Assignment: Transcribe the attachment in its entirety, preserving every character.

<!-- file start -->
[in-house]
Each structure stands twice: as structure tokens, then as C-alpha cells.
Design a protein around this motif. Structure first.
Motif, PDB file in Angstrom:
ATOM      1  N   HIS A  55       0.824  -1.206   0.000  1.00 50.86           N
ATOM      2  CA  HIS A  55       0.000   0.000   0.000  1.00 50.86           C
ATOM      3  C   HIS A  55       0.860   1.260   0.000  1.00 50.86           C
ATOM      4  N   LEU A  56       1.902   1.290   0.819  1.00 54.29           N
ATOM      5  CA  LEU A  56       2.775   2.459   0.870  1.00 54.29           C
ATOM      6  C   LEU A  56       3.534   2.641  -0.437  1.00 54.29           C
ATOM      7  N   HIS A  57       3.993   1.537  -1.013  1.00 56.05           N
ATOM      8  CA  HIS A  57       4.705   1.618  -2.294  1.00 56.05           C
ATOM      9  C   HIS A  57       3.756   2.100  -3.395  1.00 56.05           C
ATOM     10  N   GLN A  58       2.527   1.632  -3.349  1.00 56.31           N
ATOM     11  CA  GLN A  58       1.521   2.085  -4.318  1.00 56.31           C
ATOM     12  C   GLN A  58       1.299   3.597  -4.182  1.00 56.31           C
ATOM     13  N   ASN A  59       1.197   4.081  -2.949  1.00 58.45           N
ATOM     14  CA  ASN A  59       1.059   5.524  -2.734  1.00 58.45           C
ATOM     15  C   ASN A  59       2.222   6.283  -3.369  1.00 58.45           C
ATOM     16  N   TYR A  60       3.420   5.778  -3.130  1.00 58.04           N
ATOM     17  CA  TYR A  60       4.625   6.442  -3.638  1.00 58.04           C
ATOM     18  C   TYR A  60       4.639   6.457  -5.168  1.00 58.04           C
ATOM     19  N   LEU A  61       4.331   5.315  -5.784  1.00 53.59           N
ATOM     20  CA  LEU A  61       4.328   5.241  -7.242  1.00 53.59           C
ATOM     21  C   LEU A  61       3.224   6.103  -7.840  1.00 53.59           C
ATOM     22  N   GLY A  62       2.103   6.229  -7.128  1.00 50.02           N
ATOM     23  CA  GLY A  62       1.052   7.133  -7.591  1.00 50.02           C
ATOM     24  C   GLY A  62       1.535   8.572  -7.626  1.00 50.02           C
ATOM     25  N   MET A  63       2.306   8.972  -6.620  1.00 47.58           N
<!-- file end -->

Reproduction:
[in-house]
Each structure stands twice: as structure tokens, then as C-alpha cells.
Design a protein around this motif. Structure first.
Motif, PDB file in Angstrom:
ATOM      1  N   HIS A  55       0.824  -1.206   0.000  1.00 50.86           N
ATOM      2  CA  HIS A  55       0.000   0.000   0.000  1.00 50.86           C
ATOM      3  C   HIS A  55       0.860   1.260   0.000  1.00 50.86           C
ATOM      4  N   LEU A  56       1.902   1.290   0.819  1.00 54.29           N
ATOM      5  CA  LEU A  56       2.775   2.459   0.870  1.00 54.29           C
ATOM      6  C   LEU A  56       3.534   2.641  -0.437  1.00 54.29           C
ATOM      7  N   HIS A  57       3.993   1.537  -1.013  1.00 56.05           N
ATOM      8  CA  HIS A  57       4.705   1.618  -2.294  1.00 56.05           C
ATOM      9  C   HIS A  57       3.756   2.100  -3.395  1.00 56.05           C
ATOM     10  N   GLN A  58       2.527   1.632  -3.349  1.00 56.31           N
ATOM     11  CA  GLN A  58       1.521   2.085  -4.318  1.00 56.31           C
ATOM     12  C   GLN A  58       1.299   3.597  -4.182  1.00 56.31           C
ATOM     13  N   ASN A  59       1.197   4.081  -2.949  1.00 58.45           N
ATOM     14  CA  ASN A  59       1.059   5.524  -2.734  1.00 58.45           C
ATOM     15  C   ASN A  59       2.222   6.283  -3.369  1.00 58.45           C
ATOM     16  N   TYR A  60       3.420   5.778  -3.130  1.00 58.04           N
ATOM     17  CA  TYR A  60       4.625   6.442  -3.638  1.00 58.04           C
ATOM     18  C   TYR A  60       4.639   6.457  -5.168  1.00 58.04           C
ATOM     19  N   LEU A  61       4.331   5.315  -5.784  1.00 53.59           N
ATOM     20  CA  LEU A  61       4.328   5.241  -7.242  1.00 53.59           C
ATOM     21  C   LEU A  61       3.224   6.103  -7.840  1.00 53.59           C
ATOM     22  N   GLY A  62       2.103   6.229  -7.128  1.00 50.02           N
ATOM     23  CA  GLY A  62       1.052   7.133  -7.591  1.00 50.02           C
ATOM     24  C   GLY A  62       1.535   8.572  -7.626  1.00 50.02           C
ATOM     25  N   MET A  63       2.306   8.972  -6.620  1.00 47.58           N